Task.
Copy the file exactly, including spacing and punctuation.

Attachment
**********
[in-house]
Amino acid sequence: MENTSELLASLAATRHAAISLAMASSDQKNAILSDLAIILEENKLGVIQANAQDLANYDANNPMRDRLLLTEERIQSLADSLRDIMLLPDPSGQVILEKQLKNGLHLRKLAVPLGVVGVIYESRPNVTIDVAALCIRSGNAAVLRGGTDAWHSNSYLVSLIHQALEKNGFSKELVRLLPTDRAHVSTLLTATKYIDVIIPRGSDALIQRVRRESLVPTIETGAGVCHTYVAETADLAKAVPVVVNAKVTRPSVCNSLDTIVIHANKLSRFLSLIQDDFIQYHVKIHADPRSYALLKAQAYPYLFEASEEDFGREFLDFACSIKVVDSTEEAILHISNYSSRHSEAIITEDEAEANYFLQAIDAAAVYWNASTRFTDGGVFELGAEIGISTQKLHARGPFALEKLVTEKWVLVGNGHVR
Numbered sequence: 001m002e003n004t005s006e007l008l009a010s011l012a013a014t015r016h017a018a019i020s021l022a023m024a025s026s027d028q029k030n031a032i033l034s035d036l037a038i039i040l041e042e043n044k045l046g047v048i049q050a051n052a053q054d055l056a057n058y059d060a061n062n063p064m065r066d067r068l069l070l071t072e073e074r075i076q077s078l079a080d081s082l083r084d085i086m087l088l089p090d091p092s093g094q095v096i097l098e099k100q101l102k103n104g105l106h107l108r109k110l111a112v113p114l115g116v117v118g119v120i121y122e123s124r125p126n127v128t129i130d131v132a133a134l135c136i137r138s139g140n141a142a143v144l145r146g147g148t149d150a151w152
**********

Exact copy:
[in-house]
Amino acid sequence: MENTSELLASLAATRHAAISLAMASSDQKNAILSDLAIILEENKLGVIQANAQDLANYDANNPMRDRLLLTEERIQSLADSLRDIMLLPDPSGQVILEKQLKNGLHLRKLAVPLGVVGVIYESRPNVTIDVAALCIRSGNAAVLRGGTDAWHSNSYLVSLIHQALEKNGFSKELVRLLPTDRAHVSTLLTATKYIDVIIPRGSDALIQRVRRESLVPTIETGAGVCHTYVAETADLAKAVPVVVNAKVTRPSVCNSLDTIVIHANKLSRFLSLIQDDFIQYHVKIHADPRSYALLKAQAYPYLFEASEEDFGREFLDFACSIKVVDSTEEAILHISNYSSRHSEAIITEDEAEANYFLQAIDAAAVYWNASTRFTDGGVFELGAEIGISTQKLHARGPFALEKLVTEKWVLVGNGHVR
Numbered sequence: 001m002e003n004t005s006e007l008l009a010s011l012a013a014t015r016h017a018a019i020s021l022a023m024a025s026s027d028q029k030n031a032i033l034s035d036l037a038i039i040l041e042e043n044k045l046g047v048i049q050a051n052a053q054d055l056a057n058y059d060a061n062n063p064m065r066d067r068l069l070l071t072e073e074r075i076q077s078l079a080d081s082l083r084d085i086m087l088l089p090d091p092s093g094q095v096i097l098e099k100q101l102k103n104g105l106h107l108r109k110l111a112v113p114l115g116v117v118g119v120i121y122e123s124r125p126n127v128t129i130d131v132a133a134l135c136i137r138s139g140n141a142a143v144l145r146g147g148t149d150a151w152